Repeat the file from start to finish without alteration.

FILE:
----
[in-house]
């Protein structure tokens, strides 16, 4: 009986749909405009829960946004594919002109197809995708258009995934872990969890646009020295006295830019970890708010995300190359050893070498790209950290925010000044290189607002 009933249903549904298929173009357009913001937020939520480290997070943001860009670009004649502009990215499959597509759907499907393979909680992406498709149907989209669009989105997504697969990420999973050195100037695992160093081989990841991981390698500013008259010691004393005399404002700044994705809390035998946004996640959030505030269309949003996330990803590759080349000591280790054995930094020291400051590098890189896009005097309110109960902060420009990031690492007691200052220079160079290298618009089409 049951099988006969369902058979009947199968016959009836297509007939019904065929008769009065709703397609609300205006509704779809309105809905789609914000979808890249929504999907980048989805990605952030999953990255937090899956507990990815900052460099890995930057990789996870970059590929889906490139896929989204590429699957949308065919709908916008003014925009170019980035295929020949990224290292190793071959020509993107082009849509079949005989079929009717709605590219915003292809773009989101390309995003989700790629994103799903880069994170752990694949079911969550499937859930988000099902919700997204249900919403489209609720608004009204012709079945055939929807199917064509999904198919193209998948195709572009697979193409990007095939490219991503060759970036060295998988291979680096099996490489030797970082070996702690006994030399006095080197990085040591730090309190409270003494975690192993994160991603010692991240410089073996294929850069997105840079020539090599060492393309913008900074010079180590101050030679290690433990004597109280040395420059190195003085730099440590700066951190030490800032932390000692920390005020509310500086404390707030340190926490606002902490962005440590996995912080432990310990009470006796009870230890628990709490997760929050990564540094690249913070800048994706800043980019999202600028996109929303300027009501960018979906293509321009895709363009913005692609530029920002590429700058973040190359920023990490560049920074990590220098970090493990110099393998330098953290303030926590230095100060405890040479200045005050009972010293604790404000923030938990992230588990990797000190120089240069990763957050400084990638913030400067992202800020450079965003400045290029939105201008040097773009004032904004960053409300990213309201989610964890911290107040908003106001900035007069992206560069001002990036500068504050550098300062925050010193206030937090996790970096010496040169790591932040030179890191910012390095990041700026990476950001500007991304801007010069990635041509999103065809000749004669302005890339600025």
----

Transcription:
[in-house]
């Protein structure tokens, strides 16, 4: 009986749909405009829960946004594919002109197809995708258009995934872990969890646009020295006295830019970890708010995300190359050893070498790209950290925010000044290189607002 009933249903549904298929173009357009913001937020939520480290997070943001860009670009004649502009990215499959597509759907499907393979909680992406498709149907989209669009989105997504697969990420999973050195100037695992160093081989990841991981390698500013008259010691004393005399404002700044994705809390035998946004996640959030505030269309949003996330990803590759080349000591280790054995930094020291400051590098890189896009005097309110109960902060420009990031690492007691200052220079160079290298618009089409 049951099988006969369902058979009947199968016959009836297509007939019904065929008769009065709703397609609300205006509704779809309105809905789609914000979808890249929504999907980048989805990605952030999953990255937090899956507990990815900052460099890995930057990789996870970059590929889906490139896929989204590429699957949308065919709908916008003014925009170019980035295929020949990224290292190793071959020509993107082009849509079949005989079929009717709605590219915003292809773009989101390309995003989700790629994103799903880069994170752990694949079911969550499937859930988000099902919700997204249900919403489209609720608004009204012709079945055939929807199917064509999904198919193209998948195709572009697979193409990007095939490219991503060759970036060295998988291979680096099996490489030797970082070996702690006994030399006095080197990085040591730090309190409270003494975690192993994160991603010692991240410089073996294929850069997105840079020539090599060492393309913008900074010079180590101050030679290690433990004597109280040395420059190195003085730099440590700066951190030490800032932390000692920390005020509310500086404390707030340190926490606002902490962005440590996995912080432990310990009470006796009870230890628990709490997760929050990564540094690249913070800048994706800043980019999202600028996109929303300027009501960018979906293509321009895709363009913005692609530029920002590429700058973040190359920023990490560049920074990590220098970090493990110099393998330098953290303030926590230095100060405890040479200045005050009972010293604790404000923030938990992230588990990797000190120089240069990763957050400084990638913030400067992202800020450079965003400045290029939105201008040097773009004032904004960053409300990213309201989610964890911290107040908003106001900035007069992206560069001002990036500068504050550098300062925050010193206030937090996790970096010496040169790591932040030179890191910012390095990041700026990476950001500007991304801007010069990635041509999103065809000749004669302005890339600025």